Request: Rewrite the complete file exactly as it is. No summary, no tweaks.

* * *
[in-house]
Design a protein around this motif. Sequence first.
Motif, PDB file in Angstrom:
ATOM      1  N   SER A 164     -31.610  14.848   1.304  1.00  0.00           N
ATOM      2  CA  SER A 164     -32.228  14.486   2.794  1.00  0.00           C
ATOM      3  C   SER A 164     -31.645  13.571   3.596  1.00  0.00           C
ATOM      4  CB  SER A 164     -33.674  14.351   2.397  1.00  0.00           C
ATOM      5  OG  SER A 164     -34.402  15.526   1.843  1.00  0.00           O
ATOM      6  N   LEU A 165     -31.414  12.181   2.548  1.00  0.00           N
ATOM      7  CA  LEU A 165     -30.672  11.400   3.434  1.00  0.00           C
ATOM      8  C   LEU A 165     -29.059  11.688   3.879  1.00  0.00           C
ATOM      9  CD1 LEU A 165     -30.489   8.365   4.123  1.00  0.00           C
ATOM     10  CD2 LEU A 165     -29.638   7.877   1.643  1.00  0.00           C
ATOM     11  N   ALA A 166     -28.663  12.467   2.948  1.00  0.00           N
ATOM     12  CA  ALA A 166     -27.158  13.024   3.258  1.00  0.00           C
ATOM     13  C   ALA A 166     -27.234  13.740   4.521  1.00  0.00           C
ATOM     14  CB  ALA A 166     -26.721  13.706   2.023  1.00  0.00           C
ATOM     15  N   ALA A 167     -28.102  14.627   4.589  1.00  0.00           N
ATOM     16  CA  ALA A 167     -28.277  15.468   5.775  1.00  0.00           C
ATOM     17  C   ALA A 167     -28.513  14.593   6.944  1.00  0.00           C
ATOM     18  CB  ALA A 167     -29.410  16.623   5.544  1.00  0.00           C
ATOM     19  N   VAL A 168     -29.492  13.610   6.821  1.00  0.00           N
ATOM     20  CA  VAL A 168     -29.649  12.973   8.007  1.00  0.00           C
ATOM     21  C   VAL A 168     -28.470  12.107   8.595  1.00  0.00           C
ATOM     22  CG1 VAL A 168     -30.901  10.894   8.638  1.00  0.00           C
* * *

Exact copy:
[in-house]
Design a protein around this motif. Sequence first.
Motif, PDB file in Angstrom:
ATOM      1  N   SER A 164     -31.610  14.848   1.304  1.00  0.00           N
ATOM      2  CA  SER A 164     -32.228  14.486   2.794  1.00  0.00           C
ATOM      3  C   SER A 164     -31.645  13.571   3.596  1.00  0.00           C
ATOM      4  CB  SER A 164     -33.674  14.351   2.397  1.00  0.00           C
ATOM      5  OG  SER A 164     -34.402  15.526   1.843  1.00  0.00           O
ATOM      6  N   LEU A 165     -31.414  12.181   2.548  1.00  0.00           N
ATOM      7  CA  LEU A 165     -30.672  11.400   3.434  1.00  0.00           C
ATOM      8  C   LEU A 165     -29.059  11.688   3.879  1.00  0.00           C
ATOM      9  CD1 LEU A 165     -30.489   8.365   4.123  1.00  0.00           C
ATOM     10  CD2 LEU A 165     -29.638   7.877   1.643  1.00  0.00           C
ATOM     11  N   ALA A 166     -28.663  12.467   2.948  1.00  0.00           N
ATOM     12  CA  ALA A 166     -27.158  13.024   3.258  1.00  0.00           C
ATOM     13  C   ALA A 166     -27.234  13.740   4.521  1.00  0.00           C
ATOM     14  CB  ALA A 166     -26.721  13.706   2.023  1.00  0.00           C
ATOM     15  N   ALA A 167     -28.102  14.627   4.589  1.00  0.00           N
ATOM     16  CA  ALA A 167     -28.277  15.468   5.775  1.00  0.00           C
ATOM     17  C   ALA A 167     -28.513  14.593   6.944  1.00  0.00           C
ATOM     18  CB  ALA A 167     -29.410  16.623   5.544  1.00  0.00           C
ATOM     19  N   VAL A 168     -29.492  13.610   6.821  1.00  0.00           N
ATOM     20  CA  VAL A 168     -29.649  12.973   8.007  1.00  0.00           C
ATOM     21  C   VAL A 168     -28.470  12.107   8.595  1.00  0.00           C
ATOM     22  CG1 VAL A 168     -30.901  10.894   8.638  1.00  0.00           C